Are you a first-time hiring manager? Or even a hiring manager that has hired many times but never been taught or trained on how to hire and what to look for? The interview can become quite awkward if you haven’t received the appropriate training, after all nerves can hit both sides of the table, its not just limited to the person being interviewed.
A lot of my clients have either never interviewed and do not know what they are doing, or long-term hiring managers who have “googled” their way through. The issue that ties both together is very simple, a bad hire can equal a costly hire. I’m not just talking in terms of money but also in terms of time invested by people who must provide training etc.
Here are some tips for you to enhance your chances of making a successful hire.
1. Be clear on the type of person you are looking for
Don’t waste time interviewing candidates who from the onset are a bad fit for the role.
2. Get the opinion of your team/ colleague– you don’t need to be the last step in the interview process. If you have a team, make meeting the team or others in the office as part of the interview process and then get the opinion of those. After all even though you may be their manager, the team will be the person who has to liaise with them daily.
3. There’s no need to rush the interview – so take your time. Let the interviews flow naturally, you don’t need to rush the process. Especially if you are new to the interview process, then start slowly. Maybe start with what you are familiar with which is about the company and the type of candidate you are looking for. This will then allow you to seamlessly flow into finding out about the candidate and what they can bring to the role and to the company.
4. Be prepared – make sure you have gone through their CV in advance. Have a list of baseline questions that you ask all candidates, so you have something to compare each of them against. You can then follow this up with questions that are specific to the candidates experience which you may have after going through the CV. The last thing you want is to go in blind.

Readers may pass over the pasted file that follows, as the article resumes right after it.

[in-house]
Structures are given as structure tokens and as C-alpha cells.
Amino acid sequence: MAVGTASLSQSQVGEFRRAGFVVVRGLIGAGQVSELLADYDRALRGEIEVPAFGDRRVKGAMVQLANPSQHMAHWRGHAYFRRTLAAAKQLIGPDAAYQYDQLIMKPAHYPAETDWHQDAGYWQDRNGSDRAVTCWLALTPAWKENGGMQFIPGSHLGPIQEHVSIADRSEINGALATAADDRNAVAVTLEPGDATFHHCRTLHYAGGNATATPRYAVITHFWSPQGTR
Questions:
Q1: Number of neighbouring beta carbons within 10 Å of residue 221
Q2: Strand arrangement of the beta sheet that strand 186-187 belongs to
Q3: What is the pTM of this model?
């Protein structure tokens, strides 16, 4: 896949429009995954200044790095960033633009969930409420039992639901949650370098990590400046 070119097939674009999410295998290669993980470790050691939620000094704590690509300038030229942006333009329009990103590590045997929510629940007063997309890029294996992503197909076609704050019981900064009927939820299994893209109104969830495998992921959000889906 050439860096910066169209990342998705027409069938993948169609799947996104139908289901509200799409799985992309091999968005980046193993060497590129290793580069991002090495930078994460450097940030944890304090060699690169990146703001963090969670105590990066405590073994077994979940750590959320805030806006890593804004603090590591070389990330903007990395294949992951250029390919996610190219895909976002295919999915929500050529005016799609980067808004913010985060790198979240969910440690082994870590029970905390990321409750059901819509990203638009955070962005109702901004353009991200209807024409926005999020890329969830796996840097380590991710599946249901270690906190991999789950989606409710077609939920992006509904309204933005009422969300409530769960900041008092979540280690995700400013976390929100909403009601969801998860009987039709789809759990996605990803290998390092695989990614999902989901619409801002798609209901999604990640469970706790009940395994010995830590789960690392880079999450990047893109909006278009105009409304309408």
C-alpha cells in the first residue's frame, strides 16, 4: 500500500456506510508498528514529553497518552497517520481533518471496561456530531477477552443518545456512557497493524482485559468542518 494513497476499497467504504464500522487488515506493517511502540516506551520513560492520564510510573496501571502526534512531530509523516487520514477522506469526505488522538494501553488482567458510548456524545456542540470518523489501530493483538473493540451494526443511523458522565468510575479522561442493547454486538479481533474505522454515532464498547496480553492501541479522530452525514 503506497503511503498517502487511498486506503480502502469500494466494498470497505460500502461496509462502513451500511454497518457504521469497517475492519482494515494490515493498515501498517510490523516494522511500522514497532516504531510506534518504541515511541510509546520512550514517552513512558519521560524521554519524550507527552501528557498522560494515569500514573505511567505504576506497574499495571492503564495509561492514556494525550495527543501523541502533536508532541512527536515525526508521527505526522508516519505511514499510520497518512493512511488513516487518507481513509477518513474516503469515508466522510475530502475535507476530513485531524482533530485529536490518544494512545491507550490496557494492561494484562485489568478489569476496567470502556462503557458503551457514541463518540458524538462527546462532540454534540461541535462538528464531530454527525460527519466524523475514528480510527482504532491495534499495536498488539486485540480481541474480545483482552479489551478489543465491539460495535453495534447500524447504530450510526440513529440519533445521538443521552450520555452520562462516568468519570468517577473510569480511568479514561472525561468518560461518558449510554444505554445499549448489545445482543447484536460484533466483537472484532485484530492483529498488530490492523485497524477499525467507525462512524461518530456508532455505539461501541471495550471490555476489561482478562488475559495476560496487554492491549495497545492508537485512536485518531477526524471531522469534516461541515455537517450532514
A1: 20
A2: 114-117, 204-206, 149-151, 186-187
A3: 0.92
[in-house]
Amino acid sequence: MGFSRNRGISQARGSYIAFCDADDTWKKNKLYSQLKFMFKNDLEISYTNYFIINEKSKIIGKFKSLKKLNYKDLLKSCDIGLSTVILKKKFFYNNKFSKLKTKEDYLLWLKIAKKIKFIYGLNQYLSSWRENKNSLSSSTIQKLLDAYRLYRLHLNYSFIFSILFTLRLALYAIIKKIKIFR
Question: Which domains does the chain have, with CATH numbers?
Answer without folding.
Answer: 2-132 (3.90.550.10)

5. Ask the right questions – What do I mean by this? Simple, ask behavioural type of questions so that you can extract real world knowledge of whether your candidate has the skills that you require. More importantly have follow-up questions to the FAQ behavioural based interview questions.
6. Take down notes – this is a must, because more than likely you will forget what they have said, also take down things like body language or any other nuances which you notice.
7. If you like someone – don’t procrastinate or play games. Interviewers seem to believe that they need to play games with candidates and not give them insight into their thoughts and feelings. I’m totally against this, now don’t get me wrong – I am not saying that you need to offer someone on the spot or give them any indication of such, however if you like them let them know and then see what you can do to speed up the process. Remember good candidates do not last long in the market.
8. Trust your instinct – this can be seen as a bone of contention especially if it’s your first time interviewing. However, sometimes with candidates you do get a feeling which cannot be put down to anything in particular. Where you need to be careful is that whilst you should trust your instinct, make sure you do this in line with the tips above. Do not just go by instinct alone, have something to back it up.
9. Hire someone who enhances the value and culture of your company -The ideal candidate is not someone who has got every single skill that you have listed down. Remember that culture is a major part of your team/company. A candidate can have all the skills but culturally not represent you at all, in which case they would not be ideal, however someone may epitomise your company culture and you can teach them the skills that they may not have.
Do you need help with your interview/hiring skills or would you like me to run an interview workshop for your hiring manager contact me and lets see how we can work together.